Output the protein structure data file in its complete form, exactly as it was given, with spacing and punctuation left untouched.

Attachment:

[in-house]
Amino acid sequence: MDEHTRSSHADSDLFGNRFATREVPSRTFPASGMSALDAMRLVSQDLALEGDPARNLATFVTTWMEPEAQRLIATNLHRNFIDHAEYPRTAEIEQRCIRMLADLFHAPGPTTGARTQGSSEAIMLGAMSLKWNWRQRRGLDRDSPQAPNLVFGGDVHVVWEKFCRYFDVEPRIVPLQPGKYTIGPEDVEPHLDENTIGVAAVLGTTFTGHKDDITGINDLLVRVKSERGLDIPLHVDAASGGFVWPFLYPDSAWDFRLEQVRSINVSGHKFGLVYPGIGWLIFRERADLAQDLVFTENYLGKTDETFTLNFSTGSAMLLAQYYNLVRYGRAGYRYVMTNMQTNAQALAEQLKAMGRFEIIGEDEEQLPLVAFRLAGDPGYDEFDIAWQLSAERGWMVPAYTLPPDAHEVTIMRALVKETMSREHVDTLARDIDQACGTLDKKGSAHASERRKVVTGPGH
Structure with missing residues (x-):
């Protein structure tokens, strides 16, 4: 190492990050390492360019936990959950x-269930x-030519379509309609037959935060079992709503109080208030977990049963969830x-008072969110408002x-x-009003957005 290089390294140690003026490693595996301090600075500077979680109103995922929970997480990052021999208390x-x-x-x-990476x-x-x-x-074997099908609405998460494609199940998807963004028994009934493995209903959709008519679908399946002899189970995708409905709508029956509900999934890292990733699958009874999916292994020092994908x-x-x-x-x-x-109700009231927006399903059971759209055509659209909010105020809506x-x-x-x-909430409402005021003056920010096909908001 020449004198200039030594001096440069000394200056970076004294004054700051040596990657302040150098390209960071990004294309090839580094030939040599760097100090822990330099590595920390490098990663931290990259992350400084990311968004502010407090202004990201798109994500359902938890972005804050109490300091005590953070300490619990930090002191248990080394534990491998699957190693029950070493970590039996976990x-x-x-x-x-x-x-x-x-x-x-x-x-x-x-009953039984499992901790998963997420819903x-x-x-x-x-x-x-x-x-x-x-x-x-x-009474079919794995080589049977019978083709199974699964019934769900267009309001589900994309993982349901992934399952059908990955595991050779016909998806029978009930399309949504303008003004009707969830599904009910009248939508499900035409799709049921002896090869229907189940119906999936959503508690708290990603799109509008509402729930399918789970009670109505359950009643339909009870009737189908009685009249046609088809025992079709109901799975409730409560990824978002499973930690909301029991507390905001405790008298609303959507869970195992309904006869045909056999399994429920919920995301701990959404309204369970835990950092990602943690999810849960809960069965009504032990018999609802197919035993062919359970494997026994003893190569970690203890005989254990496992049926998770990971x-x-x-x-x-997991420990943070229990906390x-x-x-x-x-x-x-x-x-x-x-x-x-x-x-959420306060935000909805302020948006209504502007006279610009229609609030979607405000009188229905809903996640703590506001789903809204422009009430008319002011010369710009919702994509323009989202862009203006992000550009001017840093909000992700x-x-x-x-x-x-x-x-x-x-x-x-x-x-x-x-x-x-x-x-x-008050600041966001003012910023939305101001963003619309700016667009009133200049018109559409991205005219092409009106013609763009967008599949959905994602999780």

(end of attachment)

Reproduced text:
[in-house]
Amino acid sequence: MDEHTRSSHADSDLFGNRFATREVPSRTFPASGMSALDAMRLVSQDLALEGDPARNLATFVTTWMEPEAQRLIATNLHRNFIDHAEYPRTAEIEQRCIRMLADLFHAPGPTTGARTQGSSEAIMLGAMSLKWNWRQRRGLDRDSPQAPNLVFGGDVHVVWEKFCRYFDVEPRIVPLQPGKYTIGPEDVEPHLDENTIGVAAVLGTTFTGHKDDITGINDLLVRVKSERGLDIPLHVDAASGGFVWPFLYPDSAWDFRLEQVRSINVSGHKFGLVYPGIGWLIFRERADLAQDLVFTENYLGKTDETFTLNFSTGSAMLLAQYYNLVRYGRAGYRYVMTNMQTNAQALAEQLKAMGRFEIIGEDEEQLPLVAFRLAGDPGYDEFDIAWQLSAERGWMVPAYTLPPDAHEVTIMRALVKETMSREHVDTLARDIDQACGTLDKKGSAHASERRKVVTGPGH
Structure with missing residues (x-):
């Protein structure tokens, strides 16, 4: 190492990050390492360019936990959950x-269930x-030519379509309609037959935060079992709503109080208030977990049963969830x-008072969110408002x-x-009003957005 290089390294140690003026490693595996301090600075500077979680109103995922929970997480990052021999208390x-x-x-x-990476x-x-x-x-074997099908609405998460494609199940998807963004028994009934493995209903959709008519679908399946002899189970995708409905709508029956509900999934890292990733699958009874999916292994020092994908x-x-x-x-x-x-109700009231927006399903059971759209055509659209909010105020809506x-x-x-x-909430409402005021003056920010096909908001 020449004198200039030594001096440069000394200056970076004294004054700051040596990657302040150098390209960071990004294309090839580094030939040599760097100090822990330099590595920390490098990663931290990259992350400084990311968004502010407090202004990201798109994500359902938890972005804050109490300091005590953070300490619990930090002191248990080394534990491998699957190693029950070493970590039996976990x-x-x-x-x-x-x-x-x-x-x-x-x-x-x-009953039984499992901790998963997420819903x-x-x-x-x-x-x-x-x-x-x-x-x-x-009474079919794995080589049977019978083709199974699964019934769900267009309001589900994309993982349901992934399952059908990955595991050779016909998806029978009930399309949504303008003004009707969830599904009910009248939508499900035409799709049921002896090869229907189940119906999936959503508690708290990603799109509008509402729930399918789970009670109505359950009643339909009870009737189908009685009249046609088809025992079709109901799975409730409560990824978002499973930690909301029991507390905001405790008298609303959507869970195992309904006869045909056999399994429920919920995301701990959404309204369970835990950092990602943690999810849960809960069965009504032990018999609802197919035993062919359970494997026994003893190569970690203890005989254990496992049926998770990971x-x-x-x-x-997991420990943070229990906390x-x-x-x-x-x-x-x-x-x-x-x-x-x-x-959420306060935000909805302020948006209504502007006279610009229609609030979607405000009188229905809903996640703590506001789903809204422009009430008319002011010369710009919702994509323009989202862009203006992000550009001017840093909000992700x-x-x-x-x-x-x-x-x-x-x-x-x-x-x-x-x-x-x-x-x-008050600041966001003012910023939305101001963003619309700016667009009133200049018109559409991205005219092409009106013609763009967008599949959905994602999780």